I don’t know about you, but winter always makes me want to cuddle up. Even when I have to go out and look decent, I would rather just throw on a sweatshirt and be done with it. Drew and I have been going out more than usual this past year. Wait, let me rephrase that. Drew has been making me go out more than usual and has tried to push me out of my introverted ways. I like to stay home on the couch with warm blankets and since I am forced out, I have been needing to find ways to bring the comfort along with me.
The initial idea was to make a “dressed up” sweatshirt, and I turned to one of my favorite patterns: Astoria by Seamwork. To dress it up a bit, I wanted to add some embroidery from the Janome Skyline S9 Machine. Oh, I should mention something super exciting! I’ve been asked to be a Janome Artisan! I’ll be keeping the Skyline S9 Embroidery/Sewing Machine for the year and sharing a whole bunch of projects made with the machine, which is an awesome thing because I didn’t want to give the machine up! Seriously, I love this thing!
I was a little nervous about this project because I wasn’t sure how well embroidery would work on a knit. With all the stretching of the fabric, I was sure something would pucker and become a mess. Luckily, Anna Maria Horner made it super easy for me to embroider with knits! Her kit comes with three different stabilizers, and following the instructions in her booklet, using two of those layers of stabilizer made this project a breeze! Here’s a little tutorial to make a peplum sweatshirt!
What you’ll need:
- Sweatshirt/sweater sewing pattern. (I used Astoria by Seamwork because it is a cropped shirt, which you will need to add the peplum portion.)
- Knit Fabric, something medium/heavy weight. Follow your pattern for specific amounts and materials. I used Ponte from Joann Fabrics
- Embroidery Threads
- Stabilizers: No Show Cut Away Stabilizer & Embroidery Topping
- Embroidery Hoop
Start by cutting out your pattern pieces from fabric. Before sewing the shirt together, embroider the front bodice. Cut enough stabilizer to cover the entire front of piece. You will sandwich your stabilizer and fabric like so: bottom layer – No Show Cut Away Stabilizer, Middle – Front Bodice Piece, Top – Embroidery Topping.
On your embroidery screen, you can add multiple designs to the same screen- the editing mode on the machine allows you to rotate, duplicate and resize all designs. At this point, changing the hoop size to RE20a will allow you to embroider half of the bodice at once. By using the ruler guide on the hoop, you can play around with placement and size of designs. I used embroidery designs from Anna Maria Horner (Bird), Embroidery Lace Designs (Flowers) and Combination Design (Swirling Stem). I only used four colors, so the shirt wouldn’t be too overwhelmed with color, the tones give this sweatshirt a more sophisticated look. You can see my left side bodice design below.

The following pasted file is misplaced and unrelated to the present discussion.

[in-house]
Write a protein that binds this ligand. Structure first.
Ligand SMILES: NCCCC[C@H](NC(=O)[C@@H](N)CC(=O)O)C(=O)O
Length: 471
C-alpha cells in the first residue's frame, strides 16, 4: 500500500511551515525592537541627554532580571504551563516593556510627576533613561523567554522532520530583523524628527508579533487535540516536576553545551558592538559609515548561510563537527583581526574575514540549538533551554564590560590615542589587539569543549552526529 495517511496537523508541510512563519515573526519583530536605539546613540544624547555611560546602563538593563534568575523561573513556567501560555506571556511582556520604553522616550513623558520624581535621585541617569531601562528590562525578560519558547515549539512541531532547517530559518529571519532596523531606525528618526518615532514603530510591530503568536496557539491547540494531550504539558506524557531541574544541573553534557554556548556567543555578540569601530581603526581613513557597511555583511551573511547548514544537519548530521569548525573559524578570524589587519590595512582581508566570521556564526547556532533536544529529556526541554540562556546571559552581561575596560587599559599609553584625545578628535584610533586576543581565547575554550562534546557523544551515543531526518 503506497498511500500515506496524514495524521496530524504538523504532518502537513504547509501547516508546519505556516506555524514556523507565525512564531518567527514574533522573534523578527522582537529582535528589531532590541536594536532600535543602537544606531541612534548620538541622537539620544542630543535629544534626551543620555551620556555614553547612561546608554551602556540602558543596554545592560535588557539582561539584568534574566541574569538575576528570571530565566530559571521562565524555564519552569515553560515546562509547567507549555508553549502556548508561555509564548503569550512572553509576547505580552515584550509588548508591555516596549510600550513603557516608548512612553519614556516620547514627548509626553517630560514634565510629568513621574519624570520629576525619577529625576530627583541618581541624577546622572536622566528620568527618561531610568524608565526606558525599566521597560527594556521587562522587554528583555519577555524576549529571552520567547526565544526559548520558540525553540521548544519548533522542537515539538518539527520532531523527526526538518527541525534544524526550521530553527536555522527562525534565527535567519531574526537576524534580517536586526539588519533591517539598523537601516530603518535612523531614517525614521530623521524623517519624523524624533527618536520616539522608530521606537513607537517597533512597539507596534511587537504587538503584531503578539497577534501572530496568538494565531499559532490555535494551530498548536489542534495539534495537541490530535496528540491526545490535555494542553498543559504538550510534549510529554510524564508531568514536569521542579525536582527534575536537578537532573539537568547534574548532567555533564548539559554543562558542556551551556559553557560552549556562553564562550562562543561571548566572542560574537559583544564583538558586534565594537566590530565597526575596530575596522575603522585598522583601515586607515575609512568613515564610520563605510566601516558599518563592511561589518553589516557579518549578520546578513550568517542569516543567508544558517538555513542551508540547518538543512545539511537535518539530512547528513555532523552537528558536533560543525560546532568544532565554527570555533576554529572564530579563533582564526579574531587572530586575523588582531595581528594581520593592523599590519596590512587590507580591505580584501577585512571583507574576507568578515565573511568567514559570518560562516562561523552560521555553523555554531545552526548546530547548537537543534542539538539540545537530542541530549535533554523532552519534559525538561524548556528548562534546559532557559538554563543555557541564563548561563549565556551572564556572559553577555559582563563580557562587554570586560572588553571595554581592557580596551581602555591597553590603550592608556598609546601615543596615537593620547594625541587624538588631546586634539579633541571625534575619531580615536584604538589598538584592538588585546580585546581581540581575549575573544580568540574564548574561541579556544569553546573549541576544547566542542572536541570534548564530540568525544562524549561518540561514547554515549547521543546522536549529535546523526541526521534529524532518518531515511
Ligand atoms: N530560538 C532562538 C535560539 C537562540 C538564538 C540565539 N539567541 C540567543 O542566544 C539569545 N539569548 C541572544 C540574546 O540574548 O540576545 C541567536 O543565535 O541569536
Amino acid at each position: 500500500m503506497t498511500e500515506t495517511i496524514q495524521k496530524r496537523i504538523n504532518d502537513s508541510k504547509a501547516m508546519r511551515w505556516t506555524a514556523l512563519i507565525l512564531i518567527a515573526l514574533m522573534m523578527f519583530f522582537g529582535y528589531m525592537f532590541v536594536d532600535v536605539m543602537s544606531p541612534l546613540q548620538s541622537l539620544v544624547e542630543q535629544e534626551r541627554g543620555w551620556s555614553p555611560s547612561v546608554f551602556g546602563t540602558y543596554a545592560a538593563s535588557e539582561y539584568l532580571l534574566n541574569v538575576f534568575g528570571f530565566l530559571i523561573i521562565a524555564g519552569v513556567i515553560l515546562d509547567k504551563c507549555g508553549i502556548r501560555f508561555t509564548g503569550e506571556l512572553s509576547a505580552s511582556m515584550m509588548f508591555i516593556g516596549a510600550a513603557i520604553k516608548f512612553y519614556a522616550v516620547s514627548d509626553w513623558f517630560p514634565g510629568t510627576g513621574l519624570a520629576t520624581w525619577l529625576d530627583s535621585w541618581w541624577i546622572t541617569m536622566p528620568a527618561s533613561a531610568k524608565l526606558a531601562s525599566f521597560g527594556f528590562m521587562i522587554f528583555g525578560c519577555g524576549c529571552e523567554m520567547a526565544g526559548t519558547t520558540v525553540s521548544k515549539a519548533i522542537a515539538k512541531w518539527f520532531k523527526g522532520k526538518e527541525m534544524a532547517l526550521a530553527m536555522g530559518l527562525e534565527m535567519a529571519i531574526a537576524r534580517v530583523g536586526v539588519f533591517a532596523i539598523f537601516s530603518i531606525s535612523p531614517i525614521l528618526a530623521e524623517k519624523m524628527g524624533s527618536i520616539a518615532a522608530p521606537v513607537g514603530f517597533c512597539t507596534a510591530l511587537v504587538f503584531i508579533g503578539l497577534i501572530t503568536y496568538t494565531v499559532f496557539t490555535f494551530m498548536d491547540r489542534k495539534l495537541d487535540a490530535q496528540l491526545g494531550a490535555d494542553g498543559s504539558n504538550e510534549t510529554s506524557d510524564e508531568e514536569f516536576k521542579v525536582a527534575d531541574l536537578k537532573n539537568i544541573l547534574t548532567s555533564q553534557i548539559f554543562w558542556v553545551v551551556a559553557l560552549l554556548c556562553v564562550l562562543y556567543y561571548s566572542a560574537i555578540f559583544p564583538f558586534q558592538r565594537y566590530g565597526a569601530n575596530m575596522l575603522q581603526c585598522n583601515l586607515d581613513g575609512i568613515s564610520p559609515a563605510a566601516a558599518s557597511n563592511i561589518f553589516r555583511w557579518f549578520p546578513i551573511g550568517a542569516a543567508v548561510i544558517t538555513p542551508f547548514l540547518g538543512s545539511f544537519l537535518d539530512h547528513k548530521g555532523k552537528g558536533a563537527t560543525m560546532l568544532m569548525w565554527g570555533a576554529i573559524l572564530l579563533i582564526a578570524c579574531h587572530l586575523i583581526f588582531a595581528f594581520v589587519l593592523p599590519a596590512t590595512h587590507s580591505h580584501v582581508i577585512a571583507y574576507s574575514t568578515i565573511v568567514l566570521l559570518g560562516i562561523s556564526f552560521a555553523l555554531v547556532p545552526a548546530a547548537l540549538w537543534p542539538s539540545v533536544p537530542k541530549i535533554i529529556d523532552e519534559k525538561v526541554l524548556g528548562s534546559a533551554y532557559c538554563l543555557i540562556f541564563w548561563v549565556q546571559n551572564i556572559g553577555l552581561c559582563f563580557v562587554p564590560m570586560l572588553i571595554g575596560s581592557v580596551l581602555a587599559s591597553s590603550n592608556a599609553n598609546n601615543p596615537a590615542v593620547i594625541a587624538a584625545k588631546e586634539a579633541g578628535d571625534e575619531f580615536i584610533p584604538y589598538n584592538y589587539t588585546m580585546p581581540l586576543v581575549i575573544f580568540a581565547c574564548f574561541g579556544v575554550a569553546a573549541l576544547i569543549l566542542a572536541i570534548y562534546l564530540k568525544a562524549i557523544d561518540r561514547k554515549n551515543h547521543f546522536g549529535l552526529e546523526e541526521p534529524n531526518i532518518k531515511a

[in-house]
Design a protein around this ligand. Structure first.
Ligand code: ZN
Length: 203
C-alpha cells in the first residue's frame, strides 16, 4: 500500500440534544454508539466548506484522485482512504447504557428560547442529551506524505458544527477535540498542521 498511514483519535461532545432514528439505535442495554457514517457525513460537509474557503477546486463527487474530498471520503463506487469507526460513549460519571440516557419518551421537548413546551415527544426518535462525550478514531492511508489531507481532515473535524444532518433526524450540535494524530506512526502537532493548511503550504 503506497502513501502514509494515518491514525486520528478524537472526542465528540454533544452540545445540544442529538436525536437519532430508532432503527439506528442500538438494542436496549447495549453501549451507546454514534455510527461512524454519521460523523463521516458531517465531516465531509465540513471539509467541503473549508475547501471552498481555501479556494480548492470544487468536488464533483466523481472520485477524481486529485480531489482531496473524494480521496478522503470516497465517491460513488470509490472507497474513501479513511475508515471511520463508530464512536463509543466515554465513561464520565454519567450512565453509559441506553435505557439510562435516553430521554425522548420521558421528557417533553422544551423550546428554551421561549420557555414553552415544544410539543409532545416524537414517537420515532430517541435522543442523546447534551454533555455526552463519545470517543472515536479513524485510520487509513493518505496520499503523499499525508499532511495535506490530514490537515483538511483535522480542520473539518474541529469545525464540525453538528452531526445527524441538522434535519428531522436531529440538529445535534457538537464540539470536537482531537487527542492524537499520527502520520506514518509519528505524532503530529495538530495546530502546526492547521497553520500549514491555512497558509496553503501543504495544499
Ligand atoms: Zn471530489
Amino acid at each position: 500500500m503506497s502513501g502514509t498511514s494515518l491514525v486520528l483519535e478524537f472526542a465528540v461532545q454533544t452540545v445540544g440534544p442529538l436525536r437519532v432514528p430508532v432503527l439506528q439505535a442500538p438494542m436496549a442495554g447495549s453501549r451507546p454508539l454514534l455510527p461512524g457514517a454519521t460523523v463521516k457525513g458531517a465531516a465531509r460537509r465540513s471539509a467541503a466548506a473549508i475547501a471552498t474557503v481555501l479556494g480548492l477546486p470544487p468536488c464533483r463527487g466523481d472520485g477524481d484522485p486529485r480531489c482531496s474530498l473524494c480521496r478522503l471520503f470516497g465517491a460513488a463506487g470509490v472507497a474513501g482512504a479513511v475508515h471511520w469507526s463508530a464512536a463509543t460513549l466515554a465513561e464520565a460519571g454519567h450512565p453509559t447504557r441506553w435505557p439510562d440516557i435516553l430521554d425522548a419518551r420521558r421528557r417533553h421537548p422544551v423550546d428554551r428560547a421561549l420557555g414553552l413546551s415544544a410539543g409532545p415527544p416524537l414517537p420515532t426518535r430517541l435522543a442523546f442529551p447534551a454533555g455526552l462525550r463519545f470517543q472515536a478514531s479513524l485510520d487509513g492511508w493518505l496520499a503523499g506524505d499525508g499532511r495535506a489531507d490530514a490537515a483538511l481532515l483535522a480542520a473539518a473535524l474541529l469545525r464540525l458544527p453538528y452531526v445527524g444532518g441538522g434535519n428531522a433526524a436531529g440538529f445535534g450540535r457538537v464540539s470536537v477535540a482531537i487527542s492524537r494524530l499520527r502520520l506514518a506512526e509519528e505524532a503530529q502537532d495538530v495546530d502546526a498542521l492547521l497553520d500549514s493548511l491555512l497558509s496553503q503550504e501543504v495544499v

*Tip: I used a stretch needle when embroidering, I believe you can use a jersey needle as well, but I have better luck with stretch.*
After completing one side, duplicate on the other side. This is where your ruler guide will come in very handy to get an idea of where your embroidery will sit on the bodice.
After completing the embroidery, cut the bottom stabilizer and tear away the top. Also cut threads. The embroidery topping dissolves with steam or water, making clean up a cinch!
Follow pattern to attach front and back bodice and add sleeves.
To add peplum:
Try top on and mark where you would like the peplum to start. I wanted mine to sit at my natural waist, which came to 14″ from my shoulder. Measure the circumference of where the peplum will be sewn. My measurement was 33″. To this length, you will want to add between 20-30″, depending on how full you would like your peplum.
Next, measure how long you would like your top to be. To get this complete measurement you will want to add in seam allowance and hem allowance (Around 1.5″).
My peplum measurements came to 57″ x 12″.
Using the gathering setting on your Skyline S9, gather the length of your peplum piece down to your bodice waist measurement. (On mine: from 57″ to 33″). Make sure your gathering is pretty even- you don’t want it to look too full in one section and not another! Sew the ends of the peplum together with 1/2″ seam allowance, right sides together.
Attach the peplum to bottom of bodice, right sides together. Hem the bottom and you are done! You now have an awesome, comfy, stylish top! I wore mine to do a few errands the other day and I felt warm & chic!
And these awesome brick walls were from Liberty State Park. I wanted to photograph indoors but my stark white apartment walls weren’t going to work. Drew and I went over to Jersey City and explored inside the ferry ticket building where the ferries to the Statue of Liberty leave. It’s such a cool spot, I can’t wait to go back and photograph. We couldn’t stay long because of other activities but definitely expect more photos from this place.